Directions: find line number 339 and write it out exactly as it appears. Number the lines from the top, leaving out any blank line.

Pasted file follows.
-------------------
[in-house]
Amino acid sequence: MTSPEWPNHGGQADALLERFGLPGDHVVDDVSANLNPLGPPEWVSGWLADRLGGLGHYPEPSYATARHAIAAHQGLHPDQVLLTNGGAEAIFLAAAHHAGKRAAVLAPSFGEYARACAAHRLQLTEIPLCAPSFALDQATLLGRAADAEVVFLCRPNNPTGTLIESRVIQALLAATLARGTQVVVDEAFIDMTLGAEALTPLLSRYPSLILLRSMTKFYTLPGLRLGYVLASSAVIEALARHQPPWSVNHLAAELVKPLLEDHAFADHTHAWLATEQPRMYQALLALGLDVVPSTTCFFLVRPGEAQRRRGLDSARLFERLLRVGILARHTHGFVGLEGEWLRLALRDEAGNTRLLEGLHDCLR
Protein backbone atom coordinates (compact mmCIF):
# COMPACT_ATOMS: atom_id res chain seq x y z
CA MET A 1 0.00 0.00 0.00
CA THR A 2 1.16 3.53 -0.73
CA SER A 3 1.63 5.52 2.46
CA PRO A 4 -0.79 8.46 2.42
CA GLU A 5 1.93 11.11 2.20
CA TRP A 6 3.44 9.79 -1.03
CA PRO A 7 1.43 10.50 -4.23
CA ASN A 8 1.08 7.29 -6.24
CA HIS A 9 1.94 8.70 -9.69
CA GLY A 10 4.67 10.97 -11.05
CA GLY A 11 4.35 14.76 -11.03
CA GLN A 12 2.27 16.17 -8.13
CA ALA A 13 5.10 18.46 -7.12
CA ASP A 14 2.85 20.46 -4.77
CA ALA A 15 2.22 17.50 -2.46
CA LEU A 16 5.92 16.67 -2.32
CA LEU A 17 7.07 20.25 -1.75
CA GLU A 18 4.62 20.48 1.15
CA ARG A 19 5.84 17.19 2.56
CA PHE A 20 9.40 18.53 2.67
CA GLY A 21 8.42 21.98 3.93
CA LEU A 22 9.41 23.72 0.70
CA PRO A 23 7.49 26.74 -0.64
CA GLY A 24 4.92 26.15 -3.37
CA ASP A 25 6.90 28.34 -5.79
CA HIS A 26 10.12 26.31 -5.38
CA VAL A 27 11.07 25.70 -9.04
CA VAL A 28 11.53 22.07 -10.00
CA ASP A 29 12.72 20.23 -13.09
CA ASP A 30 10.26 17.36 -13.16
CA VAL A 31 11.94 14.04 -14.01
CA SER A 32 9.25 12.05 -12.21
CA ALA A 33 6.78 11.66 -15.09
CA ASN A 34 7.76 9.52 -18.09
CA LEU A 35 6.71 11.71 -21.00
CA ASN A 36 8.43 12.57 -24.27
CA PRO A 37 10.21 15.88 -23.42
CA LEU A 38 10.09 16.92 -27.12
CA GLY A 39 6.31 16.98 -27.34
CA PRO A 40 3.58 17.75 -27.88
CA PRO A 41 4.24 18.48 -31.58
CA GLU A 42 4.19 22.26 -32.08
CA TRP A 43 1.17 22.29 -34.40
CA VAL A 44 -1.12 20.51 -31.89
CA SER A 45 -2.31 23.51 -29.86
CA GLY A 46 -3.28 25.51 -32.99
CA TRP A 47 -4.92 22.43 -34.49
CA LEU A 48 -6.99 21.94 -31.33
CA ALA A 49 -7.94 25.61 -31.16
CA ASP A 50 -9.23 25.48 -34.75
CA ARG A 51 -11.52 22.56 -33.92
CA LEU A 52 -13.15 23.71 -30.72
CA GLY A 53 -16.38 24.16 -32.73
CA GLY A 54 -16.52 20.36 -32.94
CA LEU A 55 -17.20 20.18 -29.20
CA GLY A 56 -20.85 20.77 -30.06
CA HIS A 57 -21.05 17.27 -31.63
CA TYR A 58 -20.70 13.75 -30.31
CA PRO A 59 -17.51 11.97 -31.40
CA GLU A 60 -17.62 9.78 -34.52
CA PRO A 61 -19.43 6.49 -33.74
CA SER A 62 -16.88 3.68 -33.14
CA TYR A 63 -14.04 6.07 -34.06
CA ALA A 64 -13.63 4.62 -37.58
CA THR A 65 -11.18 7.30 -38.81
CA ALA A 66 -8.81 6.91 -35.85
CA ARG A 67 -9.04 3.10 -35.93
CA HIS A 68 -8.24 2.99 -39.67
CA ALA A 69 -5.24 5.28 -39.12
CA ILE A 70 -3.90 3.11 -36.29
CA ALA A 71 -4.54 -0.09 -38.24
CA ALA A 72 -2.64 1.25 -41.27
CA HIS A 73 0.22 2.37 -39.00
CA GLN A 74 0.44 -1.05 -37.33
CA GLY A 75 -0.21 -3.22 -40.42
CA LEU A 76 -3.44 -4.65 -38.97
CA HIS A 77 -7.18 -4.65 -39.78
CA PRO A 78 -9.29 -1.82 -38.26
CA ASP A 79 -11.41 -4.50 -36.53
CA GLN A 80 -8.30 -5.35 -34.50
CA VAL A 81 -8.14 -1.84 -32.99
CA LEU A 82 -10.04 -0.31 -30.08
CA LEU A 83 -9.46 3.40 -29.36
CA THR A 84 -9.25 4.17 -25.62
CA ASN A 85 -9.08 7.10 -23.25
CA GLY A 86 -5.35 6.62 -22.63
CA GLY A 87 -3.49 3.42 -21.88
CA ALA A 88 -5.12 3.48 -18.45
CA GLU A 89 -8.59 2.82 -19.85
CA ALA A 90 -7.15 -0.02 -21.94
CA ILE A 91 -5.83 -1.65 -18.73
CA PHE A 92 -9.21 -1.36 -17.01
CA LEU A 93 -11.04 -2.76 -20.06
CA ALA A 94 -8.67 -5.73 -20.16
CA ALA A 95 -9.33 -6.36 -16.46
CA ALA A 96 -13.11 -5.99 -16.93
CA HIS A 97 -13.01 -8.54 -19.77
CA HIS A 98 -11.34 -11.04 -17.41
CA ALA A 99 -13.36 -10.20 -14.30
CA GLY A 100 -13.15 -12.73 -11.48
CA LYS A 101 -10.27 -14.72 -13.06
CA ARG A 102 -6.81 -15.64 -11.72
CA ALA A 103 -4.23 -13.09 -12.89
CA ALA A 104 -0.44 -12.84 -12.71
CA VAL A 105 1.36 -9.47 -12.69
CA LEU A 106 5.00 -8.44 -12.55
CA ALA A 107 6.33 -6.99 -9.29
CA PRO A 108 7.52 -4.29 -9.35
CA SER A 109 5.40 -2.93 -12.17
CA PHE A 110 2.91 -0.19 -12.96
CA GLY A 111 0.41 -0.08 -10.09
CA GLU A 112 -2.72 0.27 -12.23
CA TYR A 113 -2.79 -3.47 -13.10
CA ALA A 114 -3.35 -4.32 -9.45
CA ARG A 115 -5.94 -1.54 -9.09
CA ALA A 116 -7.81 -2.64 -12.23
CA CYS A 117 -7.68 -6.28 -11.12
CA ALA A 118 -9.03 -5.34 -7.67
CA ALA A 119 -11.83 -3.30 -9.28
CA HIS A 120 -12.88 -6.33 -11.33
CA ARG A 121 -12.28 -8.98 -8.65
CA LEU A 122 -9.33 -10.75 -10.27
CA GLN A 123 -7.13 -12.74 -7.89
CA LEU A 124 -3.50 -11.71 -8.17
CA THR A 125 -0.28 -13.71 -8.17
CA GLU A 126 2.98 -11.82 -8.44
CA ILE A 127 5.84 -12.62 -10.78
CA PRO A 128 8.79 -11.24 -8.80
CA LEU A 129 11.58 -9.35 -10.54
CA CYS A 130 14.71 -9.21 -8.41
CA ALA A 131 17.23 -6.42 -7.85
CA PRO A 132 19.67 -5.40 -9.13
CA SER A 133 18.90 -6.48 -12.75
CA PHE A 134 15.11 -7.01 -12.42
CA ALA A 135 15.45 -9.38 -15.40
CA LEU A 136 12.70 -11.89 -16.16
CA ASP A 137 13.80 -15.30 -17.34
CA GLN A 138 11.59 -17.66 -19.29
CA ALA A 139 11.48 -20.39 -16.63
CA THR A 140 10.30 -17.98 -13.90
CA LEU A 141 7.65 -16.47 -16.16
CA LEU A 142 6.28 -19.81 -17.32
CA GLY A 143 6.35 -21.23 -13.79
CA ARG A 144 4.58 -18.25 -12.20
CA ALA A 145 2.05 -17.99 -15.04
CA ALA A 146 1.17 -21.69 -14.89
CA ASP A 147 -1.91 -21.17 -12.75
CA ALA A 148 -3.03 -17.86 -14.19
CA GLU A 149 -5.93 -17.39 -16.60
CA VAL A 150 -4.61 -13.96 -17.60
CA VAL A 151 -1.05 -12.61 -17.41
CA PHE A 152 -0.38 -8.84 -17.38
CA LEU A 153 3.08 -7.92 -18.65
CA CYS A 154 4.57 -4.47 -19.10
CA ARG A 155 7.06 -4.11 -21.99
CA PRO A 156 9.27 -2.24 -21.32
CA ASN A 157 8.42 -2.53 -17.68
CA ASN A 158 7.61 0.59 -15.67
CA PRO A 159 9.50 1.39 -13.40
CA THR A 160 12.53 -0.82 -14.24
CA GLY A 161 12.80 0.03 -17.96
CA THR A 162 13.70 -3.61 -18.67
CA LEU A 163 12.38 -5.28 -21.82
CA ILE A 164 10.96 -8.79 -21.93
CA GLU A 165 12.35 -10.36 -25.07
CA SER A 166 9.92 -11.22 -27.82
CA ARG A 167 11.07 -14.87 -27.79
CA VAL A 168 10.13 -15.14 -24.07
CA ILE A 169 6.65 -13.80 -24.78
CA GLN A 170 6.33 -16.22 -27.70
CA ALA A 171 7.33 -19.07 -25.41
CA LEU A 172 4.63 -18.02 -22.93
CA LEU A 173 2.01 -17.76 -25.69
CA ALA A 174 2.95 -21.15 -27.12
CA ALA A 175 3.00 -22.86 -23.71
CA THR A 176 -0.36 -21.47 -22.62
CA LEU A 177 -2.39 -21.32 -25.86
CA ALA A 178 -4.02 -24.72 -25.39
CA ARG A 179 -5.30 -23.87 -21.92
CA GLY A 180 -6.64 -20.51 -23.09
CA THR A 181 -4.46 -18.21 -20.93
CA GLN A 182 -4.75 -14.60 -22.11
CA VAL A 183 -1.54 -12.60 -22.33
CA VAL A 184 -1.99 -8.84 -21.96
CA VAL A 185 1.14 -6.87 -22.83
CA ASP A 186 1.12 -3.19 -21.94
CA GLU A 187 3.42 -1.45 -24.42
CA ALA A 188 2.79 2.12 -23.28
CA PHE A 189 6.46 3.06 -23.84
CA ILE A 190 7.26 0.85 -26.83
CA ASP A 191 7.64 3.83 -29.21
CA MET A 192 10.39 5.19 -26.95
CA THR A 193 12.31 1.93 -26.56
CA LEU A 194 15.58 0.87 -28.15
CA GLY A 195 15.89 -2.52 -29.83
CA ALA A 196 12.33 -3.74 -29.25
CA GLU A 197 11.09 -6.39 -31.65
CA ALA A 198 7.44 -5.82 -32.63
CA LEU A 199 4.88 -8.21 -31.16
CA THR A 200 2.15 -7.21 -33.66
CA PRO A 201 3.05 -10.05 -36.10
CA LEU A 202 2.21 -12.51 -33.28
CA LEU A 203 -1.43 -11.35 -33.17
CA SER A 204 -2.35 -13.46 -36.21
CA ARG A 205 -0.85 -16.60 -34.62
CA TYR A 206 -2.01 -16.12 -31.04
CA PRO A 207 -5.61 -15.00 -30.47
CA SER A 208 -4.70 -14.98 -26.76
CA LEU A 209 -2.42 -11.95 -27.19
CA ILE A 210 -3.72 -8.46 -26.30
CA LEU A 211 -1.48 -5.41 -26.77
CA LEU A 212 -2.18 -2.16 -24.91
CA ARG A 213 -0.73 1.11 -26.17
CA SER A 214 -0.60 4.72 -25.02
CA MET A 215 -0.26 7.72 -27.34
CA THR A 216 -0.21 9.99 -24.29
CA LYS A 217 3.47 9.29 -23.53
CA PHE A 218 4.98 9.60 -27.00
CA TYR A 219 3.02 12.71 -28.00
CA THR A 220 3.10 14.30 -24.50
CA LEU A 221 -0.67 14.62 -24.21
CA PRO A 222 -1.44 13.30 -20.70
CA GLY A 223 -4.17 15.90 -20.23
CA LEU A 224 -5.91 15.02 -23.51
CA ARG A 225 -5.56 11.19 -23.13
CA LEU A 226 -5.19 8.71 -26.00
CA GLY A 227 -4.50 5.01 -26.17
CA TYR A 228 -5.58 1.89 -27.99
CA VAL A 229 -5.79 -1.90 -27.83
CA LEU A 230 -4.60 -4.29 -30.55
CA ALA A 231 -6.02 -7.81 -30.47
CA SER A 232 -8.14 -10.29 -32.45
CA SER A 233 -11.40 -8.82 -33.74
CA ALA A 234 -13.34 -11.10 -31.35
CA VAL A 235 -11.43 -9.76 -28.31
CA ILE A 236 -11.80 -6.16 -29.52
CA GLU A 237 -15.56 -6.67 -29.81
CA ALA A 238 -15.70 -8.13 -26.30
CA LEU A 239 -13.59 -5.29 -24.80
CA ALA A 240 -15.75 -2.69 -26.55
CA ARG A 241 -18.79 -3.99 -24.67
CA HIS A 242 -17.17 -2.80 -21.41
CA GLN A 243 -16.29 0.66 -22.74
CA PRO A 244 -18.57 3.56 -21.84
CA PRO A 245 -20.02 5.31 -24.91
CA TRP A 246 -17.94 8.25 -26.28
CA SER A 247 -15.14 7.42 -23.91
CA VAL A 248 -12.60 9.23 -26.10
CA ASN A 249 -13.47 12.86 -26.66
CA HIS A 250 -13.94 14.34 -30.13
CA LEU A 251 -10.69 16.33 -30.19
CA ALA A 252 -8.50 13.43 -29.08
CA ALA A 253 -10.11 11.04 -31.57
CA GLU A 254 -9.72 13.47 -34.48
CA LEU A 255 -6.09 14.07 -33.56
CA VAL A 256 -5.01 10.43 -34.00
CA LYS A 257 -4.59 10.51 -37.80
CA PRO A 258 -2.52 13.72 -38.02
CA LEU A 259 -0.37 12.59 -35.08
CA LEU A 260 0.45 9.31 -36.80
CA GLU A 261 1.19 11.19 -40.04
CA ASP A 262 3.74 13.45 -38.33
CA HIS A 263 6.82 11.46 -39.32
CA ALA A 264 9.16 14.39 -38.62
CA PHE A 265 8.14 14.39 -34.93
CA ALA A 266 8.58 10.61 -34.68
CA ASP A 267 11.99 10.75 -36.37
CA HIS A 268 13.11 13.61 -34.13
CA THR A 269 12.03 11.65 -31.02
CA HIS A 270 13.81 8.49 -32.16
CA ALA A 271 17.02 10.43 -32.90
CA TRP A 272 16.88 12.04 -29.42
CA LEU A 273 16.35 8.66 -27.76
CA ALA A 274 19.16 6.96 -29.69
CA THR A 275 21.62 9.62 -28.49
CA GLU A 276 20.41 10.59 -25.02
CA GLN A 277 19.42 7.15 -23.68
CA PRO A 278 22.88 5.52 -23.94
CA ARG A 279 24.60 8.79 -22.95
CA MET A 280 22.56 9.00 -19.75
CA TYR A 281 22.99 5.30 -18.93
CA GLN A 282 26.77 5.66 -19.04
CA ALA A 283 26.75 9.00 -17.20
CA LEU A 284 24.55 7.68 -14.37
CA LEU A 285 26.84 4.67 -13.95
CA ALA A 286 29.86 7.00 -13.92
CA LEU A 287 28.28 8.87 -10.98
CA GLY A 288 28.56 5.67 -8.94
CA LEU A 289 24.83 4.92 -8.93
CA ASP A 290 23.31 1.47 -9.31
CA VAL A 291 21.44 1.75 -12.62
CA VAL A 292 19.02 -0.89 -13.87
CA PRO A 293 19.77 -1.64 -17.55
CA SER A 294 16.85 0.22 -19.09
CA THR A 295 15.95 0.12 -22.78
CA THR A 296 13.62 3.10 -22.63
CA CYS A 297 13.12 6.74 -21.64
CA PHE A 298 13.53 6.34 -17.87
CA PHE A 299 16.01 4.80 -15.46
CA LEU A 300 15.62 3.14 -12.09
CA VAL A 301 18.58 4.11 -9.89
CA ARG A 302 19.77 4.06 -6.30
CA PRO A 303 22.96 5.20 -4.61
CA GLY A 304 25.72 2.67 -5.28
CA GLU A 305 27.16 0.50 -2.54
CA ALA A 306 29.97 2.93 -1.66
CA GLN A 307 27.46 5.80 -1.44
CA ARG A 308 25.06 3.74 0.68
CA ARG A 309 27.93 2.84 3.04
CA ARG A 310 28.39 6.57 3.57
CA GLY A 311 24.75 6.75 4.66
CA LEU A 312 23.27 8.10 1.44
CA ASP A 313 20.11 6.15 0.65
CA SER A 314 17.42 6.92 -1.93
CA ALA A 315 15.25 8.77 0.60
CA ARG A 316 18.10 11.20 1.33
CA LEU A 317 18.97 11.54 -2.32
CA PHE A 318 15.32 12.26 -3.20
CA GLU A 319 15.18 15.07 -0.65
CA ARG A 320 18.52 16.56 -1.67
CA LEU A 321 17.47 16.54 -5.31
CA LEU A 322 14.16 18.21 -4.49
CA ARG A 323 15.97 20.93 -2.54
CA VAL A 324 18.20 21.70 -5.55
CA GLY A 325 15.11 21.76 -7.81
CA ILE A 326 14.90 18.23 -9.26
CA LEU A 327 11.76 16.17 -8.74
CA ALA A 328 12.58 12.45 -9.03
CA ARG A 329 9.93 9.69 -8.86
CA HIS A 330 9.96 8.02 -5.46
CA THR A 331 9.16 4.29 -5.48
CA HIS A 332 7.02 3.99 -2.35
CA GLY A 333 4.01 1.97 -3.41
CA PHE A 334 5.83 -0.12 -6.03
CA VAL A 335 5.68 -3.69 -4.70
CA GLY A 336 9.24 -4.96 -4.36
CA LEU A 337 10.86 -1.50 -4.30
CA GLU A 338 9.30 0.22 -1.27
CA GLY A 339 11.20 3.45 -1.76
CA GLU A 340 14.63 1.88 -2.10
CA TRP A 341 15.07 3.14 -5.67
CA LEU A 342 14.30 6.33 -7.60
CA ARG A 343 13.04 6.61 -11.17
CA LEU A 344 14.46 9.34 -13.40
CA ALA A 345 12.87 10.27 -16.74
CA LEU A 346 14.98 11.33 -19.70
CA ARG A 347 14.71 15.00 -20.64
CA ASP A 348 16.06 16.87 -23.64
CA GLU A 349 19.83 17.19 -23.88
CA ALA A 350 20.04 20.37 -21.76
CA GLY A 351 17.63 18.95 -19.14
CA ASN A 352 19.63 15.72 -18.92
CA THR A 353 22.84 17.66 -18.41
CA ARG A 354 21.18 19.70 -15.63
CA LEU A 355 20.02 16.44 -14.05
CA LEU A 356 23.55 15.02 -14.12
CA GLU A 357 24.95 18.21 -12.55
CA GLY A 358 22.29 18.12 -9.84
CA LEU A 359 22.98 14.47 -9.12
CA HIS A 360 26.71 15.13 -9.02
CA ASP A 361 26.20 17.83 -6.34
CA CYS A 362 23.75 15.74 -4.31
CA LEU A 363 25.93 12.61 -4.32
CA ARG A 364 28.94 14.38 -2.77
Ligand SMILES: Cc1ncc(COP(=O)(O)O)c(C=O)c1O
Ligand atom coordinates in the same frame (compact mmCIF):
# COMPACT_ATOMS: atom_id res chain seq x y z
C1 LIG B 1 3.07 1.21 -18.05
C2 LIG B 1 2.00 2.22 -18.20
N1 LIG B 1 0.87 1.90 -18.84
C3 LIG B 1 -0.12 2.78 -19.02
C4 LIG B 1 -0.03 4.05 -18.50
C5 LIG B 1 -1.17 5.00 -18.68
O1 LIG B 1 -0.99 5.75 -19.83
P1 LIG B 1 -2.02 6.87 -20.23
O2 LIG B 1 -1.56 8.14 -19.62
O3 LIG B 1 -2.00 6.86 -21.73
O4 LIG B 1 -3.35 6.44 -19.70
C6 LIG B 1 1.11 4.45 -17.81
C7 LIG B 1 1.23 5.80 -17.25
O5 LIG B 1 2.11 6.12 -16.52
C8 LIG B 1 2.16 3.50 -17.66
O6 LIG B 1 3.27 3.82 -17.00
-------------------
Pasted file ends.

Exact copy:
CA VAL A 335 5.68 -3.69 -4.70